On a dead-still day, a crewman slipped on the deck of a scallop boat while fishing off the Virginia coast. Even though the resulting back injury was minor and he was declared fit for duty within a week, the crewman settled his claim with the boat owner's insurance company for $70,000.
Another insurance claim recently filed by an operator of a Virginia fishing vessel was for the total loss of a half-million-dollar, relatively new 90-foot boat, burned in an electrical fire while sailing in New England waters. The Coast Guard report on the incident concluded that the wiring on the sunken boat was substandard. No one on the vessel was hurt.
A surge of back and arm injuries among crewmen and sinkings of commercial fishing vessels on the Atlantic and Pacific coasts have provoked insurance underwriters to declare insuring the nation's fishing fleet a high-risk proposition. As a result, some Virginia boat captains are turning to Lloyd's of London, one of the few firms that will still insure their vessels.
Just seven months ago, there were 10 to 15 domestic underwriters providing marine insurance, said Robert W. O'Sullivan, an insurance agent with the Flagship Group Ltd., a Norfolk-based insurance company. But as the number of claims has mounted, one company after another has quit issuing marine insurance, leaving less than four U.S. companies to cover the nation's maritime fleet, he said. Insurance premiums have been driven sky high.
O'Sullivan said that underwriters remaining in the marine insurance market are now charging more than 5 percent of the vessel's value for hull insurance and as high as $3,000 per crewman for a protection and indemnity (P&I) policy, up from 1.4 percent for hull and $8 per man for P&I.
"The rates are going up because of the number of losses. Pure and simple," he said.
One reason for the high number of insurance claims, O'Sullivan said, is the "gold rush syndrome" in the fishing industry. In an effort to build up the domestic fleet in the late 1970s, following enactment of legislation that extended U.S. fishing sovereignty out to 200 miles, the federal government provided tax incentives to entice corporations to buy boats. Now, however, fishing ports nationwide are becoming choked with vessels, and the get-rich-quick opportunity for investors has fallen flat.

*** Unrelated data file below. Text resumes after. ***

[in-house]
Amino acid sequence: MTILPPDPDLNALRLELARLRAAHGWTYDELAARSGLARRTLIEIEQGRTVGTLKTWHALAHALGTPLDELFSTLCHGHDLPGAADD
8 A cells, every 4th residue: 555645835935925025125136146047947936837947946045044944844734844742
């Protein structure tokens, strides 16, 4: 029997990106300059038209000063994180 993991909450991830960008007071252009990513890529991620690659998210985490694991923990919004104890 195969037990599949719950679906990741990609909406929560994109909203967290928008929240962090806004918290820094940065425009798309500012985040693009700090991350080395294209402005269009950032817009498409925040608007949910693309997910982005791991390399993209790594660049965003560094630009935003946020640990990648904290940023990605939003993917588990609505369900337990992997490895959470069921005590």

The situation is most pronounced in Gloucester, Mass., where there have been at least 36 boat sinkings since 1980, representing a loss of about $11 million, according to Jeff Pike, regional representative for Rep. Gerry E. Studds (D-Mass.), a member of the House Merchant Marine and Fisheries Committee. Since July, according to an FBI spokesman in Boston, the agency has been "actively conducting a case on at least two" boats, looking into allegations that they might have been sunk intentionally to defraud insurance companies.
Even though the boat sinkings represent only a fraction of the nation's fishing fleet, longtime boat captains who own and operate their vessels on a tight financial margin are being hurt by rising insurance costs.
The tightening of the marine insurance market has put boat captains in Virginia and Maryland in a dangerous stranglehold. Many no longer can afford to insure their vessels, but few would venture into ocean waters without coverage.
Williams Wells Sr., owner of Seaford Scallop Co. near Hampton, Va., received word last month that St. Paul Fire and Marine Insurance Co., based in New York City, had canceled the protection and indemnity policies on his company's 11-boat fleet. Lloyd's of London has agreed to underwrite the policies, he said, but at an increase of $3,700 for each vessel.